Arthur Hellman on Appellate Judges Sitting on the District Bench and Confronting “Messier” Cases
It is quite common for federal district judges to sit by designation on a court of appeals, but only rarely do appellate judges sit by designation on the district bench. Currently, however, Third Circuit Judge D. Michael Fisher has been assigned to handle two cases that are ready for trial in the Western District of Pennsylvania. Pitt Law Professor Arthur D. Hellman commented on the development in a story published in the Legal Intelligencer.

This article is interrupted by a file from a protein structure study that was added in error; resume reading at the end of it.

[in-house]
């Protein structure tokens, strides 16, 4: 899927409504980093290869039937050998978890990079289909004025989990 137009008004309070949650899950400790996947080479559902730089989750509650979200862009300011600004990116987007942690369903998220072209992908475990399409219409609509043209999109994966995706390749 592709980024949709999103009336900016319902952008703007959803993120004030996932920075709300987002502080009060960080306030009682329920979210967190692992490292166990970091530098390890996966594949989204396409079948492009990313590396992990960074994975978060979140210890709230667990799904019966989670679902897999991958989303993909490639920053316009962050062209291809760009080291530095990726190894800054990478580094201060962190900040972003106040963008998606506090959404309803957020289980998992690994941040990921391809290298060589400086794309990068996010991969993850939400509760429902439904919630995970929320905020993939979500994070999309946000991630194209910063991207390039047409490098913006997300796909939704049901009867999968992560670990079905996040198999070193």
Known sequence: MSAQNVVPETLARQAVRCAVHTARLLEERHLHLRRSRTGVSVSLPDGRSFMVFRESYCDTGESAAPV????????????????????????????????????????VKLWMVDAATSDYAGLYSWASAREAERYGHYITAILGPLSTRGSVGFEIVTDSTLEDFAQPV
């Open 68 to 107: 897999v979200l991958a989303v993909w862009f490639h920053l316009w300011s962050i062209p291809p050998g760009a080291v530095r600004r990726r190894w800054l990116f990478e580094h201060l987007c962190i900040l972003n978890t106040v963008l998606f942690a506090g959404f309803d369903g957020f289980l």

Hellman explained that the practice can be beneficial. Since it is common for lawyers to be appointed to the circuit courts from private practice or academia, they can gain valuable experience by handling a trial-level case, which is often messier than what appears before an appeals court. “I think that is very useful,” Hellman said.
The order designating Judge Fisher did not include the reason for the assignment. Chief Judge Theodore A. McKee acknowledged that it would have been preferable to include the reason, and Hellman agreed. The “lack of an explanation is likely to lead people to jump to an erroneous conclusion,” he said.
Read the full article here.